Thursday 10 April ~
Football supporters have always made up songs about rivals clubs but Birmingham City, a club owned by pornographers, give opposing fans more opportunities than most – as will no doubt become apparent when the Birmingham derby is played in a just over a week's time. New material has been provided by the arrest of the club's chief executive Karren Brady and owner David Sullivan as part of a City of London police inquiry into football corruption. Both were released on bail, as were the seven others arrested in the same investigation last November – including Harry Redknapp and Milan Manadric, the former Portsmouth chairman now at Leicester – which appears to centre on the transfer of Senegalese player Aliou Cissé from Birmingham to Portsmouth in 2004.
David Sullivan often looks ridiculous when sat in the directors' box at football matches, his taste for old Soviet uniforms with fur hats and long overcoats making him look like he's on his way to a fancy dress party. The absurdity is compounded when the “Cossack munchkin” moves because the overcoat hides his feet from some angles, so that he seems to be gliding along. Sullivan evidently doesn't much care what anyone thinks about him – all publicity is good (although being arrested might count as an exception). The same line of thinking influenced his appointment of Brady – whose father Terry was also in the publishing business – as the first female chief executive in football. Brady, named Businesswoman of the Year in 2007, has worked assiduously to make herself a well known public figure, having also written novels and newspaper columns and hosted TV shows.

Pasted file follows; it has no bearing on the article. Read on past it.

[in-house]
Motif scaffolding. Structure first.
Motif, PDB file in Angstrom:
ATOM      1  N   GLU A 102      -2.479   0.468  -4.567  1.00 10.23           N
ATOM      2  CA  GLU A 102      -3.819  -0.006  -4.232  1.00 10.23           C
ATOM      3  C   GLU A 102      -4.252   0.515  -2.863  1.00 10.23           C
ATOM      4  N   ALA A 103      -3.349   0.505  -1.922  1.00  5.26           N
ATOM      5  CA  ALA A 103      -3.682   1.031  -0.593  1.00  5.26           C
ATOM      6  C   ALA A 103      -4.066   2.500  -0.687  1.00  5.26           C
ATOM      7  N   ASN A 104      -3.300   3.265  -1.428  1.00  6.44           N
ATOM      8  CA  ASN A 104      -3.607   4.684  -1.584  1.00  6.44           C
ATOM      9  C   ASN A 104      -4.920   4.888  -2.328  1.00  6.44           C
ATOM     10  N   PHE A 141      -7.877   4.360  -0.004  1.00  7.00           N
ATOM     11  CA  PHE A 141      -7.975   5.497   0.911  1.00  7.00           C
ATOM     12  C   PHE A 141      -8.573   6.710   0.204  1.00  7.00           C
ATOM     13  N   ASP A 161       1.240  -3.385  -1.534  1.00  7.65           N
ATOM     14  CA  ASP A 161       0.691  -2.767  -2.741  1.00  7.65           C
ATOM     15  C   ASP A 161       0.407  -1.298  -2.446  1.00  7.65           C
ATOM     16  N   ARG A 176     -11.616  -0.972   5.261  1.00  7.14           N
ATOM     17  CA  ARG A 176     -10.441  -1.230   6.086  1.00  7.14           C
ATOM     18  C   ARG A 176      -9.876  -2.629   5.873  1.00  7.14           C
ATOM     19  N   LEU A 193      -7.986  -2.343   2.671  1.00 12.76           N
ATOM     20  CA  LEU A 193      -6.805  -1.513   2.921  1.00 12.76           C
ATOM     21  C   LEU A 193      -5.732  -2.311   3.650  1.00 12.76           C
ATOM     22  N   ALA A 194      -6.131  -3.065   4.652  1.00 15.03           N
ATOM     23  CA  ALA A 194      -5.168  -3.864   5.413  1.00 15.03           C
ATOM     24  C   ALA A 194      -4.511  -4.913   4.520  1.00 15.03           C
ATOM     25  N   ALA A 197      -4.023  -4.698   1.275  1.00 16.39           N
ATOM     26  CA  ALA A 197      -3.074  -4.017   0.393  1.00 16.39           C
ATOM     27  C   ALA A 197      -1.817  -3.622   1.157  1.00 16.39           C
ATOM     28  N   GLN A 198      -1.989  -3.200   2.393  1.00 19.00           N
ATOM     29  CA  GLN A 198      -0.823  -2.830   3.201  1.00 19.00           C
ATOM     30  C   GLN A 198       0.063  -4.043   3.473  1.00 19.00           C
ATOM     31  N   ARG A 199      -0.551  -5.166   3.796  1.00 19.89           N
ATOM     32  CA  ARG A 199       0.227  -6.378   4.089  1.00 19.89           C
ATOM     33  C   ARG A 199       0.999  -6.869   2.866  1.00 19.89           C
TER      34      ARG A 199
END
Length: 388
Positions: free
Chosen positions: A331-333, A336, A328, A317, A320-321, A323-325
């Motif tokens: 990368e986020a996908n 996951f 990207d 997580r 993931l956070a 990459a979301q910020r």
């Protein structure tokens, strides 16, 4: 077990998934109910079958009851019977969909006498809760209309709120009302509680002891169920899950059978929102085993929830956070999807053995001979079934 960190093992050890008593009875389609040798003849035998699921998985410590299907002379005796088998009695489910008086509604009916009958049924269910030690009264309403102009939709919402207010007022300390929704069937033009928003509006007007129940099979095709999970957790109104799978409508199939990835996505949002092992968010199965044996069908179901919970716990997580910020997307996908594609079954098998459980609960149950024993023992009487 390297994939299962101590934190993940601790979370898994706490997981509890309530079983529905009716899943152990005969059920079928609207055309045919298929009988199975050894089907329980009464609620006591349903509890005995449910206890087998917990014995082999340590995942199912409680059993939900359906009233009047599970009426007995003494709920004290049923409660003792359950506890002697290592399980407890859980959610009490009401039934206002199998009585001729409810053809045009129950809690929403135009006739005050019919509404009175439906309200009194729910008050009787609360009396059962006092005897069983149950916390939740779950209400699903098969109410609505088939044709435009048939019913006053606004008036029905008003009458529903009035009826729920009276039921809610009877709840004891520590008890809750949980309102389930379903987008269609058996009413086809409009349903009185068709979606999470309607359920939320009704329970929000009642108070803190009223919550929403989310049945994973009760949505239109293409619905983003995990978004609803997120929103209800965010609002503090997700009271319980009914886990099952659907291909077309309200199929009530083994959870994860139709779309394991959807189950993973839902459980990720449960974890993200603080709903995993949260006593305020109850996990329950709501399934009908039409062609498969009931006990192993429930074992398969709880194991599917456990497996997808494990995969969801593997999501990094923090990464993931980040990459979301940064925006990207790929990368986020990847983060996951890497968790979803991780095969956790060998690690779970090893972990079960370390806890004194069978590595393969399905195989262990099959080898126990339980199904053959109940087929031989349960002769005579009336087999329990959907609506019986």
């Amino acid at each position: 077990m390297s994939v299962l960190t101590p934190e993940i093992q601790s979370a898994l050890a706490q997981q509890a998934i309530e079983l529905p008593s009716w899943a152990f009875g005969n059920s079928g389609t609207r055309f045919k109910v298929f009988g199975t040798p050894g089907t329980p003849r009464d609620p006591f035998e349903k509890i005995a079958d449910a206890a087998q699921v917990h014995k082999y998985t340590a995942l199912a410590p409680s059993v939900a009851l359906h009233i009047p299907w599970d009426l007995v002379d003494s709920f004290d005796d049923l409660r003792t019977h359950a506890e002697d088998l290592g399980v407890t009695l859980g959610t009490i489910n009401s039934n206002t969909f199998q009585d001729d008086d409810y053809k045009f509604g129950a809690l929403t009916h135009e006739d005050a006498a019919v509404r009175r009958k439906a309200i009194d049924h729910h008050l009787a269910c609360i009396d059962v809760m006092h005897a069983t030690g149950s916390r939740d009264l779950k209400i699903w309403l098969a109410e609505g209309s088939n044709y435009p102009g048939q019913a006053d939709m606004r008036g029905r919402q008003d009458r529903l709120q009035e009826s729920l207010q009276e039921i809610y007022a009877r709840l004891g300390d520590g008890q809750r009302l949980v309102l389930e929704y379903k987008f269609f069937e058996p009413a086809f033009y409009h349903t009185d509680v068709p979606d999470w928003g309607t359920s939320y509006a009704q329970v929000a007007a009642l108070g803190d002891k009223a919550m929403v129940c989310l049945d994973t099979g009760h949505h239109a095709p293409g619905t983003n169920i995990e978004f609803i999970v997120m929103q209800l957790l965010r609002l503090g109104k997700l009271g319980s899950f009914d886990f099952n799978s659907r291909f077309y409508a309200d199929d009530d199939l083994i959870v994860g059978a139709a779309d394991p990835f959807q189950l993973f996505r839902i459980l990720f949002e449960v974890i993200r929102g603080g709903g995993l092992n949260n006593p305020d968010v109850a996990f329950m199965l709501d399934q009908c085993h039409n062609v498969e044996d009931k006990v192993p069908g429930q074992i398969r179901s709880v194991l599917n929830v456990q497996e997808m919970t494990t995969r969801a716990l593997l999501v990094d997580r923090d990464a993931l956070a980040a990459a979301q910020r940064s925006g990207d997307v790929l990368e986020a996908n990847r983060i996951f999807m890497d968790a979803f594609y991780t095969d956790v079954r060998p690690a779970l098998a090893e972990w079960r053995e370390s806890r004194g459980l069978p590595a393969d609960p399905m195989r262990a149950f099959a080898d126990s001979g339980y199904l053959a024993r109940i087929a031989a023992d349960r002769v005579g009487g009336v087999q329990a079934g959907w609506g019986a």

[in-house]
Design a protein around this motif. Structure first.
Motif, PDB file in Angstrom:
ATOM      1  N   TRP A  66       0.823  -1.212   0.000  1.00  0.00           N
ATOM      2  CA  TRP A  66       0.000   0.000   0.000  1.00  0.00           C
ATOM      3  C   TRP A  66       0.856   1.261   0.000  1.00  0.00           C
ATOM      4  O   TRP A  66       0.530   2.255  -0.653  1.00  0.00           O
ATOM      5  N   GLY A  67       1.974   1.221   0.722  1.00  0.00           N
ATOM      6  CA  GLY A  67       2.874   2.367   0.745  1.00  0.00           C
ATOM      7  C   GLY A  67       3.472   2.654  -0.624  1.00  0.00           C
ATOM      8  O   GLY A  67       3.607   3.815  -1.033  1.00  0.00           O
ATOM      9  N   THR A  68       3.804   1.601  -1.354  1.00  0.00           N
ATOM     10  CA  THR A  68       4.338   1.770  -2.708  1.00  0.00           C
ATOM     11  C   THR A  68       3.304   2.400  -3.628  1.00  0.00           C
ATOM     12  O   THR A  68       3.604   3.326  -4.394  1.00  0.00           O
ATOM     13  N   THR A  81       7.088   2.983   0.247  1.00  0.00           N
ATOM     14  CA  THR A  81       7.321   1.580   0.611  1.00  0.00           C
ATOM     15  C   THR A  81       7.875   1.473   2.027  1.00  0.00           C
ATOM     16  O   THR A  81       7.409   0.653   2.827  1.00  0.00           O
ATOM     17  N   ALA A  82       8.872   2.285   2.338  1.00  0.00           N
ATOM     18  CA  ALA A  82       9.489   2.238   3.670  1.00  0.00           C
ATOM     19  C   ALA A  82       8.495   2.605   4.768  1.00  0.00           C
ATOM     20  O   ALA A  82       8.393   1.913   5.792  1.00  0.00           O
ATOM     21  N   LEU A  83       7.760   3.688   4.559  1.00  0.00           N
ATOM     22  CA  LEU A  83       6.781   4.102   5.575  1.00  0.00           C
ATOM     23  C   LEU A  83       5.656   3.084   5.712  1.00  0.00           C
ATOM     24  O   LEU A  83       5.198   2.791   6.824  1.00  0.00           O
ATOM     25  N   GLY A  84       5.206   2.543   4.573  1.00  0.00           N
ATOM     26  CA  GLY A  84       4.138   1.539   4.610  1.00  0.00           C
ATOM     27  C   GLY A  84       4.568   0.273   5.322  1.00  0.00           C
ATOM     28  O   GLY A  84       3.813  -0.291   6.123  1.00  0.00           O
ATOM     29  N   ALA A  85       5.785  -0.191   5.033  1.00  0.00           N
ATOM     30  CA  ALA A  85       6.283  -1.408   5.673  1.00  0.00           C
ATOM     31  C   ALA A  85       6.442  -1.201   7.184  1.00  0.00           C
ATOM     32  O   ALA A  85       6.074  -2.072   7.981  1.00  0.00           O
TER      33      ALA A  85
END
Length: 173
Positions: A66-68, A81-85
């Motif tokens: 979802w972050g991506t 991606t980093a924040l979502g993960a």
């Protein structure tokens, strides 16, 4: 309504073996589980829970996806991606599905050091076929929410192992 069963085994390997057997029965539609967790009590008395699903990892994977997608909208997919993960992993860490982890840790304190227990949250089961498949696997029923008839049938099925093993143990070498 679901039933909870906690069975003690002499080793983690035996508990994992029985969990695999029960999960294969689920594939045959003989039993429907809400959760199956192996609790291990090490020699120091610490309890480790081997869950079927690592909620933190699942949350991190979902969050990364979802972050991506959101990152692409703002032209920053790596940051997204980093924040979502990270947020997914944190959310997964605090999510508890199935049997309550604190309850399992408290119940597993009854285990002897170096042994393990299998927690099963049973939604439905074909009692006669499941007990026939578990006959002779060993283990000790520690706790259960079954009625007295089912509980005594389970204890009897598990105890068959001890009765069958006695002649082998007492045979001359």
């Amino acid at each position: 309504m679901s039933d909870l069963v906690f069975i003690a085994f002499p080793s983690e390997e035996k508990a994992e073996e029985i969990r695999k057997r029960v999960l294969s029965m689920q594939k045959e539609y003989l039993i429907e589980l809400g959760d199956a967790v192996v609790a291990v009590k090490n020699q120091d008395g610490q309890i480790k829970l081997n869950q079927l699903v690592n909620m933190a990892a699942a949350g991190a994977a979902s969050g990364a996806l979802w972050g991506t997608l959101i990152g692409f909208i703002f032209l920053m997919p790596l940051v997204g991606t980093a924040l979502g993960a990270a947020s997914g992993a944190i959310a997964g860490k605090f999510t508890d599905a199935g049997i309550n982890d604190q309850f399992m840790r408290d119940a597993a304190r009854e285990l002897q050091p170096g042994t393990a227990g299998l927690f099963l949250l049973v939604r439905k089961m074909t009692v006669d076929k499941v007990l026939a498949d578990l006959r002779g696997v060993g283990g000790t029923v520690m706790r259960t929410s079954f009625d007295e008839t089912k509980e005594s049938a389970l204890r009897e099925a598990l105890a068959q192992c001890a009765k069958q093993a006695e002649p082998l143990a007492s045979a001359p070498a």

Sullivan, who rarely appears to have a thought that doesn't get expressed publicly, has seemed poised to leave Birmingham for some time. He has accused supporters of having unreasonable expectations of a club that was in the third tier when he took over and has also fallen out with co-owner and business partner David Gold, notably over an incident of alleged racism. Having been linked first with a takeover of his home town club Cardiff City, and then West Ham, Sullivan arranged to sell Birmingham to Hong Kong businessman Carson Yeung in 2007 although that arrangement has since fallen through.
Birmingham have stressed that both Sullivan and Brady attended prearranged interviews with police yesterday. Sullivan even gave the impression that he hadn't met police at all, in an “exclusive”, albeit terse, chat with the Daily Express. While protesting his innocence to his many friends in the press last year, Harry Redknapp explained the police's dawn raid on his mansion in Poole by saying "they have to arrest you to talk to you”, a misassumption about police procedure that is understandable in someone who has not been in trouble before. Let's just hope this all gets cleared up quickly for the sake of the football family.